Back on topic : A J Cronin's The Citadel
It might have been on Christmas Day, spent contentedly à deux, that Mr Bookworm and I had a discussion about the medical profession. At the time neither of us could remember the author or title of a book we had both read years ago. [Although not as far back as 1937 when its publication caused a bit of a sensation.] But we knew that, if we stopped racking our brains, the details would retrieve themselves from the crowded, disorganised cupboards of our memories.
As they did. Within the hour, we had both remembered the author was A J Cronin and the book was The Citadel, one of his two most famous titles, the other being The Keys of the Kingdom.
Reading Cronin's page at Wikipedia, I was surprised to discover that he didn't die until 1981, and that the Dr Finlay character, made famous by a series on UK radio and TV, originated in a Cronin short story, Country Doctor, published in 1935.
At Amazon UK, I picked up some
enthusiastic reviews of The Citadel, including -
"A great book for all doctor-to-be and everyone living with a doctor! Difficult cases, lovelife, exams, trials...follow the clumsy lad reach the top of the medical profession, only to discover that..."
"This book is fantastic. It is extremely well written, but more than that it is captivatingly human, heart and soul. So real that you get swept along with the story from the very first page, the characters are flawed yet you love them for it. This book has everything: originality, character, humour, an interesting and accessible insight into the medical profession, love, heart-rending tragedy, but ultimately, hope. It's definitely going up on my top shelf with my other favourites! I really recommend it and am surprised so few people seem to have heard of it - everyone should read this book!"
Although I have a friend with a stall on a Spanish rastro who sometimes has interesting books for sale, the chances of finding a copy of The Citadel are slim.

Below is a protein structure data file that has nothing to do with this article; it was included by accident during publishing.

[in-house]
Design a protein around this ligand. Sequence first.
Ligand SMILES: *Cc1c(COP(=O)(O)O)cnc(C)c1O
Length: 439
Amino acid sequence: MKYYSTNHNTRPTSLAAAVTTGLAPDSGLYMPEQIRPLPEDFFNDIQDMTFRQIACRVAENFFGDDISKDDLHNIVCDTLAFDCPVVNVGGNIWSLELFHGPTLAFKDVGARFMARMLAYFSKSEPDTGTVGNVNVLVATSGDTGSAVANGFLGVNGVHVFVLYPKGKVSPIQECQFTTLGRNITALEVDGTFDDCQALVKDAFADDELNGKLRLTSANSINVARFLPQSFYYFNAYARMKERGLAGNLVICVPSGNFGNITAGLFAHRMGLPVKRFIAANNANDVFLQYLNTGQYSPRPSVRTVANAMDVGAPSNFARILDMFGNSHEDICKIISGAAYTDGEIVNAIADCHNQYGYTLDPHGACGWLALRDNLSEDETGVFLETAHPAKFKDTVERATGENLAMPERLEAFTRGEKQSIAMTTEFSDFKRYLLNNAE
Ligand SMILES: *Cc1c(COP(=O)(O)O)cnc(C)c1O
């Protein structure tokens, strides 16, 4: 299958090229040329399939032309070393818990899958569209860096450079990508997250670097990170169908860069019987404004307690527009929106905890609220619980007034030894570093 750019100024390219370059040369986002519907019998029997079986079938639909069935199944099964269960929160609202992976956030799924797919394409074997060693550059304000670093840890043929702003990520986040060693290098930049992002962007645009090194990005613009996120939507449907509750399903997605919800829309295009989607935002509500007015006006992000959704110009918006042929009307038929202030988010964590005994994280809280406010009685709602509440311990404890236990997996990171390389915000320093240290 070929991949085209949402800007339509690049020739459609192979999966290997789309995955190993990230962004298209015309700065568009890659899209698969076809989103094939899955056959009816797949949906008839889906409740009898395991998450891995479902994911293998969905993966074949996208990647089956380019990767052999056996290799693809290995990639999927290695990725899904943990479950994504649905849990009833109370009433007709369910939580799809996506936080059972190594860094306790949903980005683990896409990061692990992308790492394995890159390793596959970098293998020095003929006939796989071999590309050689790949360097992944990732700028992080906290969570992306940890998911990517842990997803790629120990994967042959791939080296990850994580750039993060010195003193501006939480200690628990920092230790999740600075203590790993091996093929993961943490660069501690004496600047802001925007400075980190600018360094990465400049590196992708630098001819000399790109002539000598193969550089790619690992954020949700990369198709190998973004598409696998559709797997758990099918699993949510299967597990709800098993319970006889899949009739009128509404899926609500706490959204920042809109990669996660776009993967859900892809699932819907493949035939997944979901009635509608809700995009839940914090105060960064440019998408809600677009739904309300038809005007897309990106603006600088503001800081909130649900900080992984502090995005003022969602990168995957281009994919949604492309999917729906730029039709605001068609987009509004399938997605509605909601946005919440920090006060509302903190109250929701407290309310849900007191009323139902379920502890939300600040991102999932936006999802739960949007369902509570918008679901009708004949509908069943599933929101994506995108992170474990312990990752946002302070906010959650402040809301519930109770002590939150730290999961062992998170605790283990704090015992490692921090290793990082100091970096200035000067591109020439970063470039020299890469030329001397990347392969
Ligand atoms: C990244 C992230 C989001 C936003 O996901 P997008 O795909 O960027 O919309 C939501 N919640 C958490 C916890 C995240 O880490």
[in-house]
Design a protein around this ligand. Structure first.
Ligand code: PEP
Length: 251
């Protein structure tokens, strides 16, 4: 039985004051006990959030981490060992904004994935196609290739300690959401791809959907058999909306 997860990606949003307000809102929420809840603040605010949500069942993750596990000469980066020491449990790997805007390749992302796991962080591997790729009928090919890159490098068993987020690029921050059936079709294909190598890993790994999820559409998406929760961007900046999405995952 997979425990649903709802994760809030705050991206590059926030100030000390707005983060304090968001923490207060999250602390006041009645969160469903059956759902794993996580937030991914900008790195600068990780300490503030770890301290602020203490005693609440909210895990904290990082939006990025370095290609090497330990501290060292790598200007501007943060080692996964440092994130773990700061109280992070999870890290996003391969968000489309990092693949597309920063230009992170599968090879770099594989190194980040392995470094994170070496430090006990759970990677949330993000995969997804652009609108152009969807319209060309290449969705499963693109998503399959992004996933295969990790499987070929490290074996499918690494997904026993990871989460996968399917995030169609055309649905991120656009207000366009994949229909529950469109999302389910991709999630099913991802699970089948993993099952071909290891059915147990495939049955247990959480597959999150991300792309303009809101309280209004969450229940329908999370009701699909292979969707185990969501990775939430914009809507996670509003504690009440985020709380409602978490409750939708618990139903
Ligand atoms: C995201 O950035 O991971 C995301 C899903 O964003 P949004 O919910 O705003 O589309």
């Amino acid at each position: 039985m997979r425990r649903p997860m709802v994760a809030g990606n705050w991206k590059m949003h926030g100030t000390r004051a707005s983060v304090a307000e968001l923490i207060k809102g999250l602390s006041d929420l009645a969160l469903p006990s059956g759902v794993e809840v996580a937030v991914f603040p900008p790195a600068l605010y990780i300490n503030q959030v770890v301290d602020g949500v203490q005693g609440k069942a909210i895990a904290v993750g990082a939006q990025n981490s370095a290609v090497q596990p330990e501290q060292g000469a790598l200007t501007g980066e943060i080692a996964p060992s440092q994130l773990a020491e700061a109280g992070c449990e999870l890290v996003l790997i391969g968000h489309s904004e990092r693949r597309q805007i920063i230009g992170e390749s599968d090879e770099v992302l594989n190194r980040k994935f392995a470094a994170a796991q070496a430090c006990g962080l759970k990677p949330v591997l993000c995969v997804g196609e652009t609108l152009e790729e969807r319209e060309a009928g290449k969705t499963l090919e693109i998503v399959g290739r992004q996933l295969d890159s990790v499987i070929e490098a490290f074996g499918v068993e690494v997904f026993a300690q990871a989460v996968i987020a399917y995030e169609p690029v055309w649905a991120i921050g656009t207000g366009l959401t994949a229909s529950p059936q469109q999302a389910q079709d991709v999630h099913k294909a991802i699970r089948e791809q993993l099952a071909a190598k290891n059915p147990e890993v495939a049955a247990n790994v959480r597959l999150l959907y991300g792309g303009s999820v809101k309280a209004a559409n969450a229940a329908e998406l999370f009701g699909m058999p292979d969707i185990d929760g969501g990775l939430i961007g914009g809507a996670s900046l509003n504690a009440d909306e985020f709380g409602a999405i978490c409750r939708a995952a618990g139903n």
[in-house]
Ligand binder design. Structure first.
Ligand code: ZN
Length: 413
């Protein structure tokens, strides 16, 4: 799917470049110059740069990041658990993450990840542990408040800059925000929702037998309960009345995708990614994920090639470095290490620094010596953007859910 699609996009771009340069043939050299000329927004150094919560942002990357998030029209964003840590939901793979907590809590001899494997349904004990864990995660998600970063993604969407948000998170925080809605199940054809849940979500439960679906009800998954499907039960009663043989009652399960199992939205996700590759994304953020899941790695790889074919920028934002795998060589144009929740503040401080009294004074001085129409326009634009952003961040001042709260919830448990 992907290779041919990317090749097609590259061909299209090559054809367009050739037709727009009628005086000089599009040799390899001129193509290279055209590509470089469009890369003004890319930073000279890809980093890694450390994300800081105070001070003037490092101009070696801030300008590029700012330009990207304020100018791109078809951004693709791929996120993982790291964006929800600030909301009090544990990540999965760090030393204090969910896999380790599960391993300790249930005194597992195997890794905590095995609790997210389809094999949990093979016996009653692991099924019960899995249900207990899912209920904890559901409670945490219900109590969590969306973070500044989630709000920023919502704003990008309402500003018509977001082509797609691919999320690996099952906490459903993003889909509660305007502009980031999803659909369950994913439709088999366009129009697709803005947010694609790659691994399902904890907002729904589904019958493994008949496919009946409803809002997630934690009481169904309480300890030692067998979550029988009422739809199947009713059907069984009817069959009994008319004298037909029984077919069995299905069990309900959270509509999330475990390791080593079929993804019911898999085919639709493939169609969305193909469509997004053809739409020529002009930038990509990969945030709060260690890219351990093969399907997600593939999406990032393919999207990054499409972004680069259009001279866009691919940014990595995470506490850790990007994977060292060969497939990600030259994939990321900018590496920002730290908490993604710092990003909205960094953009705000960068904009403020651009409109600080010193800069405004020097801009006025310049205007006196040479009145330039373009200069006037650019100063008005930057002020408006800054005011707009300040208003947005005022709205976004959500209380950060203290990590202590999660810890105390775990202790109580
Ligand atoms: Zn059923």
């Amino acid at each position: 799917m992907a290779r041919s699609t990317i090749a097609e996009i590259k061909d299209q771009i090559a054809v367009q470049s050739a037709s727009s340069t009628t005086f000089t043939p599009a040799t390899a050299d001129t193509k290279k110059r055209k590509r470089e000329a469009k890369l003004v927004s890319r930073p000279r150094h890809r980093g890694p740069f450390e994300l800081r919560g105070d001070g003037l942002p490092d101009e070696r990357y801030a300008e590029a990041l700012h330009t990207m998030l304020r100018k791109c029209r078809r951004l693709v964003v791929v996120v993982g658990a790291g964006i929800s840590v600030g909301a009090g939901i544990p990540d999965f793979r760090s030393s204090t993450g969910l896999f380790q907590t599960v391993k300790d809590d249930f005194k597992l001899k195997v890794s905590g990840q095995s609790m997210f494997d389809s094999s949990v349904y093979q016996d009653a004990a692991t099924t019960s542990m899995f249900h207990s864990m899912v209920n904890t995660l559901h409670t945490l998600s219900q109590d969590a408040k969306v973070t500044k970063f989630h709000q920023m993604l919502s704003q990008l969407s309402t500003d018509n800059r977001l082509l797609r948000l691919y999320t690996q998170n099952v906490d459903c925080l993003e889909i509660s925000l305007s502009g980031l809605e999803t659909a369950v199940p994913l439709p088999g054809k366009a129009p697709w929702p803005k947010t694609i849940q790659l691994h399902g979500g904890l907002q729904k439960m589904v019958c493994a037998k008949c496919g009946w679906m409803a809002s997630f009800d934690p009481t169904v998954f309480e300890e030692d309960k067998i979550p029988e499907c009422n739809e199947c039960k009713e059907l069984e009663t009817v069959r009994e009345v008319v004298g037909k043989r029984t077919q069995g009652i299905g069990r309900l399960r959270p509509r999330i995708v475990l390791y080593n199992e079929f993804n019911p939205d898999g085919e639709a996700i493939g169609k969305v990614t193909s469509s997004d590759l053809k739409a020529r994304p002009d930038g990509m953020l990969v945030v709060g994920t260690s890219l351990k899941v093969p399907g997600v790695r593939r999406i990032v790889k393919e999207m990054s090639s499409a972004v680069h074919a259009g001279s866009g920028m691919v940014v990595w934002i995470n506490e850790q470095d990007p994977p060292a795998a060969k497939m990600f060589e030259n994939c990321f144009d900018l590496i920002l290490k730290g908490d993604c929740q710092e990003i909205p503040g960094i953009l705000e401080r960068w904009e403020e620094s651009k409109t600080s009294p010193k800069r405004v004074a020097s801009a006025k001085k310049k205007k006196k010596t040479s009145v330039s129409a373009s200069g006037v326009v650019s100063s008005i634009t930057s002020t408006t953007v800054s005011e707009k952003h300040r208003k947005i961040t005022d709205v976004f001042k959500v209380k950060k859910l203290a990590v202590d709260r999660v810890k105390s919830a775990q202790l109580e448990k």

However the online catalogue of the Guille-Allès public library shows they have three copies of it, one being a large print edition and another part of a Cronin omnibus. So before our return to the island in the spring, I shall put in a request for the standard edition.
This blog started out in May 2005 as Sundays-only. After May 2006, I took two months off before changing the timing to monthly. That lasted from September to December last year.
Now I'm not sure how to proceed. Unlike one of my favourite bloggers, Grumpy Old Bookman, who blogs from Monday to Friday, I am not yet retired. On the other hand, two other favourite bloggers, Richard Charkin and Susan Hill, are ten times busier than I yet they blog every day. How they do it is one of life's mysteries.
Being committed to blog every Sunday fidgets me. Yet once a month is not enough to build up a readership. Despite my stated view that regularity is important, I'm coming to the conclusion that blogging as and when my other commitments allow is the best option. Anyway I'll try it for a bit and see how it goes.
Places to lunch/dine with publishers
Yesterday Richard Charkin, CEO of Macmillan, blogged about Michelin House in London and the restaurant Bibendum "opened in 1987 by Sir Terence Conran and Paul Hamlyn."
I left the following comment. "In the days when I was into clothes shopping, Beauchamp Place, Walton Street and Fulham Road was a favourite route, so I often passed the Michelin Building. Strangely, although I’ve enjoyed 50 years of delicious meals [paid for by publishers and magazine editors] at pretty well every notable restaurant in London, none of my hosts fancied Bibendum. I wonder why not? The picture at the website does make it look a bit ordinary with the guy in the foreground in a tee shirt. But I guess that’s 21st century London."
To which Mr Charkin replied, "Bibendum is very expensive but can be absolutely excellent."
A case of whatever turns you on, I guess. Take a 360 degree
virtual tour of the restaurant and see what you think. Not my idea of heaven, partly because I don't think blue and white are good restaurant colours. The décor at Le Gavroche is cosier.
Prices at Bibendum are given as £55.00 for a meal, wine £17.95, champagne £39.50. Doesn't sound wildly expensive by publishers' standards to me. But then, as I blogged in June 2005 -
"Over the years I've had many memorable lunches with publishers. The Ritz…
...Le Gavroche… Inigo Jones…Le Caprice. I've lost count of the visits to London restaurants and the snippets of book world gossip. One of the most amusing lunches was with the late Desmond Elliott who died in New York in August 2003 when he was 73. It was Desmond who introduced Tim Rice to Andrew Lloyd Webber. Desmond who, 30 years ago, encouraged Jilly Cooper to write her best-selling novels."
More about Desmond here